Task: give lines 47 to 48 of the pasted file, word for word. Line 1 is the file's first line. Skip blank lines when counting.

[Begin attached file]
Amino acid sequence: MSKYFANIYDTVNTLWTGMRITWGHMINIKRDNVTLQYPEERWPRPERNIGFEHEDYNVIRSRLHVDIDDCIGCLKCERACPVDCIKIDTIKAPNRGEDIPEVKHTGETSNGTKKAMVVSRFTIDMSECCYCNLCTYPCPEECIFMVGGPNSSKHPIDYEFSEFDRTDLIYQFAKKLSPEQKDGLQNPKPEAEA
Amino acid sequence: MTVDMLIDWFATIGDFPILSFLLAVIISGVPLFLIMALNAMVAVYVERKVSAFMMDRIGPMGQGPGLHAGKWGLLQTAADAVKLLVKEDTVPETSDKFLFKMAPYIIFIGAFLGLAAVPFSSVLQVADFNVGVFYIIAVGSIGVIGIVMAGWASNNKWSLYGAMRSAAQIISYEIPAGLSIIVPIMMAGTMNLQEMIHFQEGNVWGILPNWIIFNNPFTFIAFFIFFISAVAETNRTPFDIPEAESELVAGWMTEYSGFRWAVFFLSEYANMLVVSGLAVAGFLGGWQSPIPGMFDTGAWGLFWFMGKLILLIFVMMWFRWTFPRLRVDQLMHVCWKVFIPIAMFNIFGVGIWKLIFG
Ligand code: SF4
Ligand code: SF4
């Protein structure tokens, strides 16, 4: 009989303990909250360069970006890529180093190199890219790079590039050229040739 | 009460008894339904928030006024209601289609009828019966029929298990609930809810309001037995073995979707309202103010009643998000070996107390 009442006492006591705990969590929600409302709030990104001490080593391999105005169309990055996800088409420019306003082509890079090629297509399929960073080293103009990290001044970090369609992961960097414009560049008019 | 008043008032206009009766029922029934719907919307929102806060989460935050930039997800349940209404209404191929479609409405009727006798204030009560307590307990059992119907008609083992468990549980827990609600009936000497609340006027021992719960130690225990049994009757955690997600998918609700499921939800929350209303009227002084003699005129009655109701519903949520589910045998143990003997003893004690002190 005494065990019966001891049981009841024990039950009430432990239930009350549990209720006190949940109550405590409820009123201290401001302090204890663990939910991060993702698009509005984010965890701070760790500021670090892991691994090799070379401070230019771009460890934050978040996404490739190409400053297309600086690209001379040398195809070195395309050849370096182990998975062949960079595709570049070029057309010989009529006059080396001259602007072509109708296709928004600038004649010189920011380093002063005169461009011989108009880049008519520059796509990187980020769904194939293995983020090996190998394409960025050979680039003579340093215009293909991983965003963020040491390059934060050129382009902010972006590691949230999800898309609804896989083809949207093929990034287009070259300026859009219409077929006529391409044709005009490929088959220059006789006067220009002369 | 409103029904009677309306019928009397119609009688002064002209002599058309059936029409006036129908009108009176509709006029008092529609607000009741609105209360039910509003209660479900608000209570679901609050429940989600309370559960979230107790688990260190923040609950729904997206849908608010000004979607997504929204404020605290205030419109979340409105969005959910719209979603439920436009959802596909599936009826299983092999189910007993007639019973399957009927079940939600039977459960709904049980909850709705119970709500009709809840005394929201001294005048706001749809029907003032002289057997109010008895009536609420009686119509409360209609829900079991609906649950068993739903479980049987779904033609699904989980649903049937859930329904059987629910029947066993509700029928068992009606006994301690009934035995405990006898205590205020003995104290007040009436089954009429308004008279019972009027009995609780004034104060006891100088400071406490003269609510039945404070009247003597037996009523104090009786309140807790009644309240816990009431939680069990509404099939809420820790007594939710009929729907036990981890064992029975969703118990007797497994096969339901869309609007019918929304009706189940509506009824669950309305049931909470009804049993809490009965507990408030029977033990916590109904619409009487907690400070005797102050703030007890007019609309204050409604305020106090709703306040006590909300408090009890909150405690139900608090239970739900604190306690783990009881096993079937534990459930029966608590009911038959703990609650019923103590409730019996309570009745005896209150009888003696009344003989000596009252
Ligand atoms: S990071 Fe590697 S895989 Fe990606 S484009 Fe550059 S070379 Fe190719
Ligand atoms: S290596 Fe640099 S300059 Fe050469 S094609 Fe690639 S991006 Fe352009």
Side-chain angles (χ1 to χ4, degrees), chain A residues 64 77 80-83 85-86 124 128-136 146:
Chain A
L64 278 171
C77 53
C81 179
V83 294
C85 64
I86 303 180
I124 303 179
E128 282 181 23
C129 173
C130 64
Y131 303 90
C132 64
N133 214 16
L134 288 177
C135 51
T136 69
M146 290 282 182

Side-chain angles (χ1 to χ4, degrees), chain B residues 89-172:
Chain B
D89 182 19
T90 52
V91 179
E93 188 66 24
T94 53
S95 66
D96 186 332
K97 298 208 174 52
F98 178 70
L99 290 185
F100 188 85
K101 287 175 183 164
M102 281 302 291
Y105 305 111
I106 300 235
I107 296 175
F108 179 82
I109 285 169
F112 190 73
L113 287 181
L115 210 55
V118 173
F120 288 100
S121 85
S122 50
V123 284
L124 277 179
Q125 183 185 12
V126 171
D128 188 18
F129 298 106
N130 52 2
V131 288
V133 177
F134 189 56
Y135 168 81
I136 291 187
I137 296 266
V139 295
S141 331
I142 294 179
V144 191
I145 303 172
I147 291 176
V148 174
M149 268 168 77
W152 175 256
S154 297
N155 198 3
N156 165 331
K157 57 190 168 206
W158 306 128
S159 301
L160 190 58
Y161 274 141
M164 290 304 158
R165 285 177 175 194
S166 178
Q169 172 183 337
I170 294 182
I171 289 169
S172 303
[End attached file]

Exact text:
F112 190 73
L113 287 181